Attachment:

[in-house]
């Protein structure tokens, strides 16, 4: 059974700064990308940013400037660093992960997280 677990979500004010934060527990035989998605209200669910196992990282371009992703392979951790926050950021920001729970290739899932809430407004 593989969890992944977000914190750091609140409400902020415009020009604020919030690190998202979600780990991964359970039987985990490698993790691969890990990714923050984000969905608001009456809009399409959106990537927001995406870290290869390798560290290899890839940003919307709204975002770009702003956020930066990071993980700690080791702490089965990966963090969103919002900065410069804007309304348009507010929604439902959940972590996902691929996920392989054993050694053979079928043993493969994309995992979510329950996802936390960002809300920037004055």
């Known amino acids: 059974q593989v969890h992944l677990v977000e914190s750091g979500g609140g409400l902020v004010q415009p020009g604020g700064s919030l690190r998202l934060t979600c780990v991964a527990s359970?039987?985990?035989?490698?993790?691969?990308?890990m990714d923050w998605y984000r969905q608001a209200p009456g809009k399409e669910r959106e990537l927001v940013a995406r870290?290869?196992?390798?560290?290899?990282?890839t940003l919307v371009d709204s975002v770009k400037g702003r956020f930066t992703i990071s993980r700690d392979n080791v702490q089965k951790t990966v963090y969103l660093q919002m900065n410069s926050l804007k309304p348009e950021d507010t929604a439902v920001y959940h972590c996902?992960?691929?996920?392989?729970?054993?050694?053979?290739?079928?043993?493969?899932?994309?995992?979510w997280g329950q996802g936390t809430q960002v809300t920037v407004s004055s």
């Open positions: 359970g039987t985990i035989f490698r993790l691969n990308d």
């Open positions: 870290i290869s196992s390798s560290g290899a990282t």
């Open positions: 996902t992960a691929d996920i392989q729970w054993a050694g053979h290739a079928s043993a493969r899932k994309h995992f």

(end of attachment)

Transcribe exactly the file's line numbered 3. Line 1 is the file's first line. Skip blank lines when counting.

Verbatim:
């Known amino acids: 059974q593989v969890h992944l677990v977000e914190s750091g979500g609140g409400l902020v004010q415009p020009g604020g700064s919030l690190r998202l934060t979600c780990v991964a527990s359970?039987?985990?035989?490698?993790?691969?990308?890990m990714d923050w998605y984000r969905q608001a209200p009456g809009k399409e669910r959106e990537l927001v940013a995406r870290?290869?196992?390798?560290?290899?990282?890839t940003l919307v371009d709204s975002v770009k400037g702003r956020f930066t992703i990071s993980r700690d392979n080791v702490q089965k951790t990966v963090y969103l660093q919002m900065n410069s926050l804007k309304p348009e950021d507010t929604a439902v920001y959940h972590c996902?992960?691929?996920?392989?729970?054993?050694?053979?290739?079928?043993?493969?899932?994309?995992?979510w997280g329950q996802g936390t809430q960002v809300t920037v407004s004055s």